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NATO Urges Afghan Parents To Forbid Toy Guns


http://gdb.rferl.org/39E13D1E-6955-4ECD-9D88-456405DAE6A5_w203.jpg --> http://gdb.rferl.org/39E13D1E-6955-4ECD-9D88-456405DAE6A5_mw800_mh600.jpg ISAF soldiers in Afghanistan (file photo) (epa) January 5, 2007 -- The NATO-led force in Afghanistan has urged parents not to let their children play with toy guns, warning that they could be mistaken for real weapons.


The International Security Assistance Force (ISAF) said in a statement that troops have seen an increased number of toy guns, some apparently given to children as gifts during the recent Muslim holiday of Eid al-Adha.


ISAF warned that some toy guns are very realistic and might be mistaken for a threat to military patrols.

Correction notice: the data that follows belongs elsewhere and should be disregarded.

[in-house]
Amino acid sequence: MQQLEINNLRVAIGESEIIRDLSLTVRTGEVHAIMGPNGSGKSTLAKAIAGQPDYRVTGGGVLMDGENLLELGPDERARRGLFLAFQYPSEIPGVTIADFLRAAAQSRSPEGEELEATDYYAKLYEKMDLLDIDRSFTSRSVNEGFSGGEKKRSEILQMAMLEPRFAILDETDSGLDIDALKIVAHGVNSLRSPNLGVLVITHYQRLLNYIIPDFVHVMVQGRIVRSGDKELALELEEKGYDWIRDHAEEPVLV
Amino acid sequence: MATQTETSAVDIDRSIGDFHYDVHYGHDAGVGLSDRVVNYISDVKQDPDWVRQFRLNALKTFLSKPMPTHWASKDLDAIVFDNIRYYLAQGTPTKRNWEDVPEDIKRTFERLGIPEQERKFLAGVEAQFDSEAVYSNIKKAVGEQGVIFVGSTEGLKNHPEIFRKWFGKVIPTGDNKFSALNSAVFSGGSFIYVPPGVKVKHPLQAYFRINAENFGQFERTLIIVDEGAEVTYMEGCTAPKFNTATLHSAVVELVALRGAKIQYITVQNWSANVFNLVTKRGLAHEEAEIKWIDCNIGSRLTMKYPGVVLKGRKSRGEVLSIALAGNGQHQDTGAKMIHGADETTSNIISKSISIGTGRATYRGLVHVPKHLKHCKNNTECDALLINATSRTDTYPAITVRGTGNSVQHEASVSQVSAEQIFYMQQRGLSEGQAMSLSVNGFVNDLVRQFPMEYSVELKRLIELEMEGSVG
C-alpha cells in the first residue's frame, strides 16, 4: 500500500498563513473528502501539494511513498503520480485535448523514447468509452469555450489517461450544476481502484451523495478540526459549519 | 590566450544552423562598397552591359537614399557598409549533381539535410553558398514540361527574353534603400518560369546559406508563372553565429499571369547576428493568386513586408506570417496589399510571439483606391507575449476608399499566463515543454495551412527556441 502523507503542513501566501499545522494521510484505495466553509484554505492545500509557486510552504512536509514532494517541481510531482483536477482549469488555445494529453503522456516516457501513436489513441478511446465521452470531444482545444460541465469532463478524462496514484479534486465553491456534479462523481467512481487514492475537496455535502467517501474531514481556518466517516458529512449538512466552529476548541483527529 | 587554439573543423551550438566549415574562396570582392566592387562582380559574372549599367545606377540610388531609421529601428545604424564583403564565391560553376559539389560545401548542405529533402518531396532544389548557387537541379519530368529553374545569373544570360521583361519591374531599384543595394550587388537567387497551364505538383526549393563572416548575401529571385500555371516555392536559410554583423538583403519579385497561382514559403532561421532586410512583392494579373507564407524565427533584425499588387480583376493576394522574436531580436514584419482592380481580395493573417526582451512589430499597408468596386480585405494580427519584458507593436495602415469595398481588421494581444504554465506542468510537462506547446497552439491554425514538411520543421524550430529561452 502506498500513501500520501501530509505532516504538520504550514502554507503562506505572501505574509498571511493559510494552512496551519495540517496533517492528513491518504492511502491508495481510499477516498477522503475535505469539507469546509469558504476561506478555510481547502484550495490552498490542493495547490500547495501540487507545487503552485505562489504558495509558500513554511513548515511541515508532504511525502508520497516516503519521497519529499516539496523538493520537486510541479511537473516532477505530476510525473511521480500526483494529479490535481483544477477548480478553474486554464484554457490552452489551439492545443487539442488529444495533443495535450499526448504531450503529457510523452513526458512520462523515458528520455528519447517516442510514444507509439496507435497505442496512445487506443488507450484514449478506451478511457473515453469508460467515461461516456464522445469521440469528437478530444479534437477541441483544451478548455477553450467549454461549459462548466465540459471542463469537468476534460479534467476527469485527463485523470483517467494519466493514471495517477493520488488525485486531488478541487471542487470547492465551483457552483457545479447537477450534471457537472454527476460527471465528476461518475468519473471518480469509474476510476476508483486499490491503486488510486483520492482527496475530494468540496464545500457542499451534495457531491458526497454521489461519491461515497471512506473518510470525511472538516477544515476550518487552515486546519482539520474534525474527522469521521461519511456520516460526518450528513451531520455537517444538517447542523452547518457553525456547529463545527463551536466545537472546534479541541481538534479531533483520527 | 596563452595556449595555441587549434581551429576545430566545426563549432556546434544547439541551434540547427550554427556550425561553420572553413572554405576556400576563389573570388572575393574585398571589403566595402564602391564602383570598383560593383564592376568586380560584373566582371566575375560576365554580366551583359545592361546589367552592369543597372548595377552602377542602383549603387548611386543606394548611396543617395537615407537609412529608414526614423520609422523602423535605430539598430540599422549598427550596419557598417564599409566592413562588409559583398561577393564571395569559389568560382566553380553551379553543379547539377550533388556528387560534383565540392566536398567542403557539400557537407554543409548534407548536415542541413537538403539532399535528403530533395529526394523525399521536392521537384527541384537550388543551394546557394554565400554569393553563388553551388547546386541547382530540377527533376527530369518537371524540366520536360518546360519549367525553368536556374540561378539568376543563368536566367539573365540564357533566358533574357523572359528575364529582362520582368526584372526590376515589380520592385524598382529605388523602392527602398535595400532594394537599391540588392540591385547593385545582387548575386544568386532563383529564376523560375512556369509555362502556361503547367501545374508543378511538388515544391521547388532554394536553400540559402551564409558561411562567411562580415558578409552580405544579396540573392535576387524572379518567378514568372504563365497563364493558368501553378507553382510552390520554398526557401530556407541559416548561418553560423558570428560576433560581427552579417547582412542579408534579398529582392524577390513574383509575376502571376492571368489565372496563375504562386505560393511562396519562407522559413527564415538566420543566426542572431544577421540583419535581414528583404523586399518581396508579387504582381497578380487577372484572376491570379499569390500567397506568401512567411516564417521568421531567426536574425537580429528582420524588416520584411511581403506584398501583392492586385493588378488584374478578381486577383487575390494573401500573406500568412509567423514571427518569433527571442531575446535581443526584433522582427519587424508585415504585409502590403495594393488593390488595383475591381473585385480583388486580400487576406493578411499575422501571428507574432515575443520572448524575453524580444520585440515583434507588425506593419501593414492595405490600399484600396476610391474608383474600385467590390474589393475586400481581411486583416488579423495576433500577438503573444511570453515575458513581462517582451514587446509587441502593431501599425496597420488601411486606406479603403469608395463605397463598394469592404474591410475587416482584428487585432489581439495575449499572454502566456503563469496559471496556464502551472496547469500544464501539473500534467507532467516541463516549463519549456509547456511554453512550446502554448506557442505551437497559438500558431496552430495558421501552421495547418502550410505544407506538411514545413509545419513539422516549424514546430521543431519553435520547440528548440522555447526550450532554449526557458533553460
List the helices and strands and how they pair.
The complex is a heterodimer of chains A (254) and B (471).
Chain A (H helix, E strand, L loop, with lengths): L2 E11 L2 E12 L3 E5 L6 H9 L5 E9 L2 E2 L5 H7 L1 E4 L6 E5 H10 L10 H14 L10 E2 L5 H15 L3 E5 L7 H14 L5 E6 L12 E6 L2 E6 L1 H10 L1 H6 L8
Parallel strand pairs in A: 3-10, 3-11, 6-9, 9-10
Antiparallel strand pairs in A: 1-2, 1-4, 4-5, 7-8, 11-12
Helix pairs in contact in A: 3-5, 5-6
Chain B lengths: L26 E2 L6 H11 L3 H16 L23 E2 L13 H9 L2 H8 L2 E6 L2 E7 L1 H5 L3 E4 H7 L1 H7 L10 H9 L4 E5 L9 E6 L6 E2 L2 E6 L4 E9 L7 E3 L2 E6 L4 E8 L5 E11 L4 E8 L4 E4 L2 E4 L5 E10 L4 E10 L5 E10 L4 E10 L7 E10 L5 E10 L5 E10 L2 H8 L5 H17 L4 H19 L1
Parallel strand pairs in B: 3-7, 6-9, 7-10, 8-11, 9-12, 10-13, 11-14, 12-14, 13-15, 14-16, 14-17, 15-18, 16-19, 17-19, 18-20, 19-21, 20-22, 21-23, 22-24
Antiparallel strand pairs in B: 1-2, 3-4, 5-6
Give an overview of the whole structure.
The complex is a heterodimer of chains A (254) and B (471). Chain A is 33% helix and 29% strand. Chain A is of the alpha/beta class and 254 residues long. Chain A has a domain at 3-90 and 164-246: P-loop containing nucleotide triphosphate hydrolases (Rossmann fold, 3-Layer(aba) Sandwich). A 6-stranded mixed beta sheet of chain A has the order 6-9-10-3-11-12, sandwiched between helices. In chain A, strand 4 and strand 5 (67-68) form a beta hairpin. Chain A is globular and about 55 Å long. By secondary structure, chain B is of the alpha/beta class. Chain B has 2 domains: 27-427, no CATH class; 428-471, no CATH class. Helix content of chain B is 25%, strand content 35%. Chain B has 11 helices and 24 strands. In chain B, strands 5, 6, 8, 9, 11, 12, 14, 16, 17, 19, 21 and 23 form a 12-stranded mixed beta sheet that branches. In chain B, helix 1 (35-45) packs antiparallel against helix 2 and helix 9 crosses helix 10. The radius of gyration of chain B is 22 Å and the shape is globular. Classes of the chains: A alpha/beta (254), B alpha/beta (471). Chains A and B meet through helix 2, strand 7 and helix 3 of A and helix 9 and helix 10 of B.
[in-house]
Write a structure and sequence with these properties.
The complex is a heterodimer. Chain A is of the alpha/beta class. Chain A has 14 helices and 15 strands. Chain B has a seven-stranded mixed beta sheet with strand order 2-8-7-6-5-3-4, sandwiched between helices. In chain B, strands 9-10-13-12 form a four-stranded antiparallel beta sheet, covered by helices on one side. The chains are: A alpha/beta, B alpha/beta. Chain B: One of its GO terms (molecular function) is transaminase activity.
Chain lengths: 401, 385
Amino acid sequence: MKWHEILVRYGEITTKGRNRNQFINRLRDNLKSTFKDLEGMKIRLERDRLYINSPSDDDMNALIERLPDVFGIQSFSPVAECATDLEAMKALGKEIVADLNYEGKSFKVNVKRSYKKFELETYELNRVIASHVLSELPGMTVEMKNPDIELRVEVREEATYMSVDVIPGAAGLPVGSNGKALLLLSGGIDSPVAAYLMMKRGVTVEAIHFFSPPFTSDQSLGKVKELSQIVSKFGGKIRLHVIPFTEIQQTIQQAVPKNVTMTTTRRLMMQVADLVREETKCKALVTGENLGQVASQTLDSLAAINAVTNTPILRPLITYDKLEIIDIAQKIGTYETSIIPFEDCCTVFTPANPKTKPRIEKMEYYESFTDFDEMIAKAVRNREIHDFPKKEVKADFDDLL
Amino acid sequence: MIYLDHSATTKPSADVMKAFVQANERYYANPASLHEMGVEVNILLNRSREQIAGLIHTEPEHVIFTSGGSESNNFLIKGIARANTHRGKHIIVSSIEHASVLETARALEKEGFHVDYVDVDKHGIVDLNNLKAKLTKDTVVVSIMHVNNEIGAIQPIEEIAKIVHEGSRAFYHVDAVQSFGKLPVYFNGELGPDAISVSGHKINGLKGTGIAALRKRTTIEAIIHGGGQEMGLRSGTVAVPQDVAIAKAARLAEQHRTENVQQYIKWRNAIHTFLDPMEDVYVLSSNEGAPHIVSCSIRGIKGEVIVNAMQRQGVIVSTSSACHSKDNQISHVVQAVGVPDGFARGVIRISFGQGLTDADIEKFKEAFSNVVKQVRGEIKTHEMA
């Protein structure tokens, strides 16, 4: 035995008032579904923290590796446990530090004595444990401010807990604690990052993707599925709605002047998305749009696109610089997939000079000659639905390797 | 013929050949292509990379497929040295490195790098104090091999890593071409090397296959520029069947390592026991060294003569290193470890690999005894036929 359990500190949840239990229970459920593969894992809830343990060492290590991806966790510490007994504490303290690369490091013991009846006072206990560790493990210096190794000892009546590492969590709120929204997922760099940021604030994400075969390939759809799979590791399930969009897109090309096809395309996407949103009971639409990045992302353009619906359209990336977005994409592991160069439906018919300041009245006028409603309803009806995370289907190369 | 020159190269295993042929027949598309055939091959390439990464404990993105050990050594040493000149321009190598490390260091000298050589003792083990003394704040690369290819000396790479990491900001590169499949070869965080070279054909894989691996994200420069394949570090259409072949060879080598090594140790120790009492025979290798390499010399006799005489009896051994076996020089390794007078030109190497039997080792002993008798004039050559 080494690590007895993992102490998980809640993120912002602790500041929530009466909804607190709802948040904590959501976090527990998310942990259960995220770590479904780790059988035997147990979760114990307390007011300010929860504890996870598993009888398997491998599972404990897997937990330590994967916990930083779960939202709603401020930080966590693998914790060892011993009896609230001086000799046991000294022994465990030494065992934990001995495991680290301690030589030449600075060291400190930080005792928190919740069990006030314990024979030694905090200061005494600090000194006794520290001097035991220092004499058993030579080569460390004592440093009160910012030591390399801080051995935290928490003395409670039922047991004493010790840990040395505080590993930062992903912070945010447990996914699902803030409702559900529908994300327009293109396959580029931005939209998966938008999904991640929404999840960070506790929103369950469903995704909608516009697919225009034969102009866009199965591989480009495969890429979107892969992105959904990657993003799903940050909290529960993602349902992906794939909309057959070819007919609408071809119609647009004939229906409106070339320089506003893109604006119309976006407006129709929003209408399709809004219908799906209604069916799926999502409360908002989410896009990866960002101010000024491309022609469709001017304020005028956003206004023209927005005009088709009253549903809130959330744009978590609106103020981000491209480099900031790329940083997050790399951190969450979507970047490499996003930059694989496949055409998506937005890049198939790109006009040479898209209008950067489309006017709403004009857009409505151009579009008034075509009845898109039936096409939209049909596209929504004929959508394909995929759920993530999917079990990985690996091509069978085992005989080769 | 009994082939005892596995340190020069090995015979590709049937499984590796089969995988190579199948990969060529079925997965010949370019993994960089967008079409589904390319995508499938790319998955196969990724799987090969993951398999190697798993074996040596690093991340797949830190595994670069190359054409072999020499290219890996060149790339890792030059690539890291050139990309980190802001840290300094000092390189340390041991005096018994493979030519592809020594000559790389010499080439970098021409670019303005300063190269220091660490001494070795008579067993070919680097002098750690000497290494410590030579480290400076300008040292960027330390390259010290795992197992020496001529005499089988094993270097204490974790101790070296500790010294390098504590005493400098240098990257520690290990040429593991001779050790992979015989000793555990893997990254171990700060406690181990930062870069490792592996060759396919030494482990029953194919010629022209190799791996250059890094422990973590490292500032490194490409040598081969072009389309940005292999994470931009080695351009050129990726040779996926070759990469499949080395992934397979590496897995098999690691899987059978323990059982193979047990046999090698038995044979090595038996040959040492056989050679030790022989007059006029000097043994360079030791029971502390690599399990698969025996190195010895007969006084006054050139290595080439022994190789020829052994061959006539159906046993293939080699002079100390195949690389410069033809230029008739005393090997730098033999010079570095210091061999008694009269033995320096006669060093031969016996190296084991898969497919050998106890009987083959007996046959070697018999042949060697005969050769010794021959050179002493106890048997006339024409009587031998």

There are more than 40,000 foreign troops operating in Afghanistan, including more than 30,000 under ISAF command.


They have faced increasing criticism from Afghan local and national officials as the number of noncombatant deaths has mounted.


Reliable figures on civilian casualties are difficult to come by, but NATO spokesman said on January 3 that the alliance would endeavor to reduce the number of such deaths.


(AP, AFP)

The Afghan Insurgency

A U.S. military vehicle damaged by insurgents near Kandahar (epa)

HOMEGROWN OR IMPORTED? As attacks against Afghan and international forces continue relentlessly, RFE/RL hosted a briefing to discuss the nature of the Afghan insurgency. The discussion featured Marvin Weinbaum, professor emeritus of political science at the University of Illinois at Urbana-Champaign, and RFE/RL Afghanistan analyst Amin Tarzi.


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